Dev Notes 14 - The Rising Tide

"A rising tide lifts all boats." - Shane Hensley, frequently

The Nautilus

Okay, maybe not all, but you know what I mean.

Gen Con was very good this year. Having actual print books at the show makes quite a difference in exposure, and of course it means that people are much more willing to buy your product than if you try to point to a website and say "please go here later." This awareness may make me decide to do some exclusive show-only print copies of our otherwise PDF products, so next year look for information about a special-edition Gunslinger's Guide, and perhaps whatever else we do between now and then. (I think we'll probably manage at least one more profession guide by Gen Con 2015, but I don't know if we will be able to have it in print.) This is speculation, not confirmation, but I am thinking seriously about it.

I also had the great pleasure of meeting people whose work I admire (like Vickey Beaver, Chris Sniezack, and Kevin Andrew Murphy) as well as talking more with some of the Savage community that I had met previously and always enjoy seeing. Shout outs especially to Clint and Jodi Black and of course the Savage Mommy, Chris Fuchs. All of those conversations should hopefully lead to things that you will be hearing about in the future.

However, that's not what I want to talk about today. Today, I want to take the rare and unusual step of giving specific mention to several of our competitors.

Why would I do such a thing? Well, because if there is one thing that Gen Con 2014 has taught me and many other game publishers, it is that we are less competition and more community than we ever thought. I keep coming back to that line that Shane likes to use so often, and nowhere has it seemed more true than this year's Gen Con. We are doing well as an industry, and that helps everyone. With that in mind, I decided I wanted to give a spotlight to my little segment of the industry and perhaps raise the tide a little more locally. So here we go! (Images are also product links.)


Gaslight, by Battlefield Press

I had a rare opportunity to run someone else's setting this year. Jonathan Thompson found himself short a GM in a slot where he was already running a game, so I ended up filling in at the last minute (i.e. - a few days out). This gave me a great chance to get a taste of his setting and also learn some new thoughts about adventure design. (This is a bit of a side note, but I have to compliment the ridiculously complete investigation results table for the adventure I ran.)

Gaslight is a Victorian horrorish setting for Savage Worlds. It feels very League of Extraordinary Gentlemen to me, and that's a flavor I quite enjoy. There are monsters and secret societies, and a fair bit of magic. But there is also a strong grounding in history, which I deeply appreciate. The world of Gaslight is one trying to find balance between mysticism and technology, a theme I think will appeal to many. I am only sad that my players wrecked the conspiracy before it ever made it to Chicago, so I never got to play Nikola Tesla.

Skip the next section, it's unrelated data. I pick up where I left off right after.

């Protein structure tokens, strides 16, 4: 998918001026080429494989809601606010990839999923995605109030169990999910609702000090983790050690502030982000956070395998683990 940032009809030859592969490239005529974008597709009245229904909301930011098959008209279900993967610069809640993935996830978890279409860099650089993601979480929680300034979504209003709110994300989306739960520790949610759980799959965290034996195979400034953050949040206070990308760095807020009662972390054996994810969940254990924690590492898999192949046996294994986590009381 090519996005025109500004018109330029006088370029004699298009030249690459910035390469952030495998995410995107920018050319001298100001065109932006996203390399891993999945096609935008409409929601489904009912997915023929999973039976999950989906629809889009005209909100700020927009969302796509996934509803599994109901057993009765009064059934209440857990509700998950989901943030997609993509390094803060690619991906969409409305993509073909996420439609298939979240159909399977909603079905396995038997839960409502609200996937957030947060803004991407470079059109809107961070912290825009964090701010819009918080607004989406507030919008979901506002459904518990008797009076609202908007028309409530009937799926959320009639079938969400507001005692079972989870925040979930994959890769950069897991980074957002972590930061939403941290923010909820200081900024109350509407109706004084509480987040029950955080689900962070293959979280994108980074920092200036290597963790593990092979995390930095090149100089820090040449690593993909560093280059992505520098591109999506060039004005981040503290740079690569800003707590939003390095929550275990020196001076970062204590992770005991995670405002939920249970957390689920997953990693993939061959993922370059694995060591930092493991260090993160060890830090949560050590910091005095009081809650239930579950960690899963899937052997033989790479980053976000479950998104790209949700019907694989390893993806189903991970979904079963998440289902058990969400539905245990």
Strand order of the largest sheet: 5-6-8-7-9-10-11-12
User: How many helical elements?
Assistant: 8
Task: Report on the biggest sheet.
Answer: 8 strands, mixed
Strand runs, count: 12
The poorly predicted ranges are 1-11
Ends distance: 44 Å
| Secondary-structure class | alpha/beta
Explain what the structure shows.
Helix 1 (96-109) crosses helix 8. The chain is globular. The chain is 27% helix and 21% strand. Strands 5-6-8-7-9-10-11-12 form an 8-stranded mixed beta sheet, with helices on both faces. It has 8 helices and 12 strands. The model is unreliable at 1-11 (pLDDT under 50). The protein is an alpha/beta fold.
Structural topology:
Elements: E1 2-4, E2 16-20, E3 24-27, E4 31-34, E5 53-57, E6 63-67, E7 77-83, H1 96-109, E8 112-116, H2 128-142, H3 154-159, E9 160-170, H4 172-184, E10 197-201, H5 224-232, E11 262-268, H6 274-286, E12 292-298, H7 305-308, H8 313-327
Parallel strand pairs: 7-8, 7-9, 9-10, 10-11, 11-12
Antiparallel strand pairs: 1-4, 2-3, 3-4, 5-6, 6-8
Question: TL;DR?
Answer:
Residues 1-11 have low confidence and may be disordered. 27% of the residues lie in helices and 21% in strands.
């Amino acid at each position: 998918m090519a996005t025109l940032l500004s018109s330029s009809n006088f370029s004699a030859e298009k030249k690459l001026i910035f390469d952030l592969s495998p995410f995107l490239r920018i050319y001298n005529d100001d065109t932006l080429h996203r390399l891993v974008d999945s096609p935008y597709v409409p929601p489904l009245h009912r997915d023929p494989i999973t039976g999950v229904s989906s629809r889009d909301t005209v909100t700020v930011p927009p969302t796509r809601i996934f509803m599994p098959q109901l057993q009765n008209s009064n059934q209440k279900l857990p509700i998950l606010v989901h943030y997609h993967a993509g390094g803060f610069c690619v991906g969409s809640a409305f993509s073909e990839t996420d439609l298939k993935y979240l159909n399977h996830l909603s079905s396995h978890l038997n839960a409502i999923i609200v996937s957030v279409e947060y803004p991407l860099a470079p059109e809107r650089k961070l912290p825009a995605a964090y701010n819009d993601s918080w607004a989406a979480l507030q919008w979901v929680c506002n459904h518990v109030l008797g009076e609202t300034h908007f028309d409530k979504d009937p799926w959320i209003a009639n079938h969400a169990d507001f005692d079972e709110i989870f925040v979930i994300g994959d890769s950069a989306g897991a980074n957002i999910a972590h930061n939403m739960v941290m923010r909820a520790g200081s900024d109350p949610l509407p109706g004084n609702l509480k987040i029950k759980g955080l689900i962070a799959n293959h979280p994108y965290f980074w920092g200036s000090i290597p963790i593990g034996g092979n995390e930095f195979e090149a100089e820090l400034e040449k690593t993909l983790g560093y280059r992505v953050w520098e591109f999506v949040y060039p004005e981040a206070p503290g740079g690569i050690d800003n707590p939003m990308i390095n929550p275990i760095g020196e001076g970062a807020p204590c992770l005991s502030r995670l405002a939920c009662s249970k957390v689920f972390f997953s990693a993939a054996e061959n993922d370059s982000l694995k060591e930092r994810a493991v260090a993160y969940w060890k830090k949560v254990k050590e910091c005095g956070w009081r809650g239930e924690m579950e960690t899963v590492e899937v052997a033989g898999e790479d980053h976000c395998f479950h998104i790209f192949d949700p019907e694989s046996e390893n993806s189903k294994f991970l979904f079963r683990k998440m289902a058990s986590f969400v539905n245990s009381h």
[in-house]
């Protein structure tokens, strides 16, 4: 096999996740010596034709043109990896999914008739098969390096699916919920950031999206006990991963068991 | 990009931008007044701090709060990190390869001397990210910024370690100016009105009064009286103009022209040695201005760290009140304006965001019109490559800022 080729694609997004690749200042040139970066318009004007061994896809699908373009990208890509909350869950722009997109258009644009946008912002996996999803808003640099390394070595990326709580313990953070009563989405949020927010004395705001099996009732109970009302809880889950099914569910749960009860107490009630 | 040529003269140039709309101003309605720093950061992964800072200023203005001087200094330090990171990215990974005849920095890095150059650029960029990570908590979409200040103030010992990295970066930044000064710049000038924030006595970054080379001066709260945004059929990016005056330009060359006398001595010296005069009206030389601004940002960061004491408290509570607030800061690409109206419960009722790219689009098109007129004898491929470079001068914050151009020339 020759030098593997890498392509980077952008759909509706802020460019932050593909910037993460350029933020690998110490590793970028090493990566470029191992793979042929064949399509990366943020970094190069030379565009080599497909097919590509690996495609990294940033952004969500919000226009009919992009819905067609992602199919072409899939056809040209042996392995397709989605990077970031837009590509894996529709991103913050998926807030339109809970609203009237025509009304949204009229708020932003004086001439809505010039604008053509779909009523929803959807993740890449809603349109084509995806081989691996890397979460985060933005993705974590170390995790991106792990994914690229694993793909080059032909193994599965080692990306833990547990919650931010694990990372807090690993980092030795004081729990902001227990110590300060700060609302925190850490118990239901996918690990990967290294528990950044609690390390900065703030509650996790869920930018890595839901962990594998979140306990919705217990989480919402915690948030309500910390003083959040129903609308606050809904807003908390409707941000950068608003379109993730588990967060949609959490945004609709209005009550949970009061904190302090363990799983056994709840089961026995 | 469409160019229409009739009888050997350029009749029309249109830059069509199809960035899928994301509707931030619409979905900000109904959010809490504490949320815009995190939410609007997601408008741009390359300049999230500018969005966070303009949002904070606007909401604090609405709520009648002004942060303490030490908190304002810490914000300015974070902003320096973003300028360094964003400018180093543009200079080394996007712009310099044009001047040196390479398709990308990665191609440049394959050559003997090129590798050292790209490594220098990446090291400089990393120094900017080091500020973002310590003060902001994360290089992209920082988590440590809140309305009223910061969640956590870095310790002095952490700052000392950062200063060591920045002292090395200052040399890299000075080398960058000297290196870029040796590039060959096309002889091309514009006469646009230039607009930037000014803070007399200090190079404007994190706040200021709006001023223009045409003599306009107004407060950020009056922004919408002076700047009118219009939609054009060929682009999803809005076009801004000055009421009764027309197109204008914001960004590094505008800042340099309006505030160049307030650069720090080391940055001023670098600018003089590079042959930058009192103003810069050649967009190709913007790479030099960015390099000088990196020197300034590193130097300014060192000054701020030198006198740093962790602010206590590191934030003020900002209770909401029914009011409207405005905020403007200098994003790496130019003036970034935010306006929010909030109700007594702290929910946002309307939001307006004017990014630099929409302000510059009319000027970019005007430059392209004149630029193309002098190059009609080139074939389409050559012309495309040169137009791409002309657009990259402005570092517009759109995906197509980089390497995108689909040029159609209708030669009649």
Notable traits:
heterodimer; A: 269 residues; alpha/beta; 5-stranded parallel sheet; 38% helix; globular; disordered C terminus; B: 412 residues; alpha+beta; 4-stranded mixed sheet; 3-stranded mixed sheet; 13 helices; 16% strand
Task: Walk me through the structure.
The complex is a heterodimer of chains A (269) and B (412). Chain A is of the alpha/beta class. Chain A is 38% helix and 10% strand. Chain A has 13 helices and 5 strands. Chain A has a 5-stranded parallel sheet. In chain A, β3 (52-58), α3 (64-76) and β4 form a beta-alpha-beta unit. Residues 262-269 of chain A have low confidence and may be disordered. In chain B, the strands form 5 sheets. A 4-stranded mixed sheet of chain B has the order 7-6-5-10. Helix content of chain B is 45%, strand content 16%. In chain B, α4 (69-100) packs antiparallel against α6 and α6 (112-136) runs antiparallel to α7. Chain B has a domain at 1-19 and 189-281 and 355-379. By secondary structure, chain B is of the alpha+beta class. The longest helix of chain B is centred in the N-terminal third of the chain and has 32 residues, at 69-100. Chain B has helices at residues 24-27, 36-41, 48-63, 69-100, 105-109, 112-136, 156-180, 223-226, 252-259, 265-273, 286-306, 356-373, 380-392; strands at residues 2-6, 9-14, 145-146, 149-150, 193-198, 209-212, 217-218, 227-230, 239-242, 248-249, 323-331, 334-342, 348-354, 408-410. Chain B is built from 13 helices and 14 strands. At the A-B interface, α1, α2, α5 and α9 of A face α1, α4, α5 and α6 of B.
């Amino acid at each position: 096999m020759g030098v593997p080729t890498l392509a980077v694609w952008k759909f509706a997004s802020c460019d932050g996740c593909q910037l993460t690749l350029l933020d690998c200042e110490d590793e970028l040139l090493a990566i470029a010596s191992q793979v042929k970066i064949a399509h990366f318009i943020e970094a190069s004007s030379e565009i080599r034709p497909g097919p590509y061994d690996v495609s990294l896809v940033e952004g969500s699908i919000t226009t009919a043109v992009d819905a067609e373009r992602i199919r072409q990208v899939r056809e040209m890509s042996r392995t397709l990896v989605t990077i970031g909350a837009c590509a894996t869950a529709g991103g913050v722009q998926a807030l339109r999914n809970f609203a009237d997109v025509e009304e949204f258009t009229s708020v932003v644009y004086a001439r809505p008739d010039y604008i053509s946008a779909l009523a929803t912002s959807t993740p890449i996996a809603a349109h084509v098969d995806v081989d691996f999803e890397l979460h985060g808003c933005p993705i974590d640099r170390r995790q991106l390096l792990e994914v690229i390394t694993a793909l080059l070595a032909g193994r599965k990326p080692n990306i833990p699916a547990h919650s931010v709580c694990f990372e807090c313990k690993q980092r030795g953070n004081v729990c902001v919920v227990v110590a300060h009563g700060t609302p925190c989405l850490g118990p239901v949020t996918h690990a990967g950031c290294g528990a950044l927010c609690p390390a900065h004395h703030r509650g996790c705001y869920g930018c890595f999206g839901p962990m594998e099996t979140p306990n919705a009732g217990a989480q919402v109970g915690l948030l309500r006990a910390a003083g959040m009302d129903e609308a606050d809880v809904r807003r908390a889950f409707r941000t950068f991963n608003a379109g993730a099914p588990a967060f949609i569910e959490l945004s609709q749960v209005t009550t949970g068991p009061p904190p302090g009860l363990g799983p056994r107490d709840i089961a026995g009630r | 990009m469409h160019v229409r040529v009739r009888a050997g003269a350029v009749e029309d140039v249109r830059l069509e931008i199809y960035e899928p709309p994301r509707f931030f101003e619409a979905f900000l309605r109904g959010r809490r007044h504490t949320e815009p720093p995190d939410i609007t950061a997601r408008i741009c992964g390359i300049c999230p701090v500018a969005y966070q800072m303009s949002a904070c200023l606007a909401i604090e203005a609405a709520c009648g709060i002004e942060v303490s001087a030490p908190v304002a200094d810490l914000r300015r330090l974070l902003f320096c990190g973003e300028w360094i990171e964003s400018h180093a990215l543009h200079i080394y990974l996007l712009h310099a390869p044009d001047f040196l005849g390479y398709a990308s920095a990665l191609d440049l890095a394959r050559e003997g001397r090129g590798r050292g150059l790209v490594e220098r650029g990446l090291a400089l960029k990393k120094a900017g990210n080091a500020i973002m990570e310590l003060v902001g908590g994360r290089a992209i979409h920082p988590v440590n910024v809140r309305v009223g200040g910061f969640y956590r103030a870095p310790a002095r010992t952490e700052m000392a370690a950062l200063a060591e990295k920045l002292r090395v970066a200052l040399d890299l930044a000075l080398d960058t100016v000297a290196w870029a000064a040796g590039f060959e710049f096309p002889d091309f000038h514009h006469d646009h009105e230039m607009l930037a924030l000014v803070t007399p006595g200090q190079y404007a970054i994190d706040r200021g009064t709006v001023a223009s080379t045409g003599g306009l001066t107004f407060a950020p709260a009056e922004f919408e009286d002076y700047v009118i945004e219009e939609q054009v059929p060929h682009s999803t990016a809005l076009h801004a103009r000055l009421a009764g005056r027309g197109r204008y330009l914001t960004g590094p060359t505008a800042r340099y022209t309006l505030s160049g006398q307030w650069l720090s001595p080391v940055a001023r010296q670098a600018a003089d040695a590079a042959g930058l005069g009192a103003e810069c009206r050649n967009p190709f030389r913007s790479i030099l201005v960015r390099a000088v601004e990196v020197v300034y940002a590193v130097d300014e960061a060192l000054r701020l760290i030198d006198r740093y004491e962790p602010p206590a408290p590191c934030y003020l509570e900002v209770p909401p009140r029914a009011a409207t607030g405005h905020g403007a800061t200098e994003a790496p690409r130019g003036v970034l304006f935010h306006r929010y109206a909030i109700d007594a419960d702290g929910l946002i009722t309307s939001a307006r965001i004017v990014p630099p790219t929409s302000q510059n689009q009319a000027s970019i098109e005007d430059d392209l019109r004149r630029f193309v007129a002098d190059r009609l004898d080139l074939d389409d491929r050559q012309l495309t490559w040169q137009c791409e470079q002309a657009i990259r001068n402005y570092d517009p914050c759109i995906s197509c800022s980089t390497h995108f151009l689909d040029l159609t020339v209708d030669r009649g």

The Widening Gyre

The Widening Gyre, by Blackwyrm Publishing

I have to apologize to the folks at Blackwyrm. I had somehow missed the news that they were converting The Widening Gyre to Savage Worlds, and the first I noticed was when I ran across their booth during my exhibit hall walk through. I was awkward about the ensuing conversation, and as a result I did not end up buying a book at the show. I promise to correct that soon.

The Widening Gyre is a solid steampunk setting that leans a little bit towards the fantastical, but more important is the sense of urgency that the setting generates. Heroes in this game are constantly engaging in missions to quite literally save the world. Think of this as a steampunk version of Apocalypse Prevention, Inc. To compare it to other Savage Worlds Victorian settings - this book bridges the themes of Gaslight with the imagery of Steamscapes and wraps them around its own unique and exciting story.

Brass and Steel

Brass and Steel, by Pamean Games

This year I did not get a chance to participate in a Brass and Steel LARP, but I did last year. I have to say that they do a fine job of tapping into the steampunk community at large, so their games are always visually impressive. They are also unique in that they have managed to create a living world that grows and develops based on the games they run. The core book is a good primer for the rules and original setting, but the history of the setting has not stopped in the time since the book was released.

The setting itself is very classically British. This is definitely a high Victorian setting, although it does provide a decent amount of intrigue with various nations and groups attempting to fight the inevitability of imperialism. The technology is largely arcane in nature, but on the whole this game is very focused on its steampunk imagery. Fans of the genre will not be disappointed.


Jadepunk, by Reroll Productions

Steampunk, western gunslinging, and wuxia, together in a Fate-powered setting - what more could you want? Jadepunk presents a heroic underground fight against a corrupt authority using guns, airships, and mystical weapons. This is definitely an exciting new game that we are happy to see making a big splash, because we love to see more non-Eurostyle steampunk settings. This feels like an RPG soulmate to Jay Kristoff's Lotus War trilogy, and that's awesome.

"But wait," I hear you saying, "is that really a competitor? I mean, the others are a lot closer in style to Steamscapes, so isn't this stretching it a bit?" Well, as it happens...

Steamscapes: Asia

Steamscapes: Asia, by Four-in-Hand Games

Kickstarter coming very soon.

- Fairman Rogers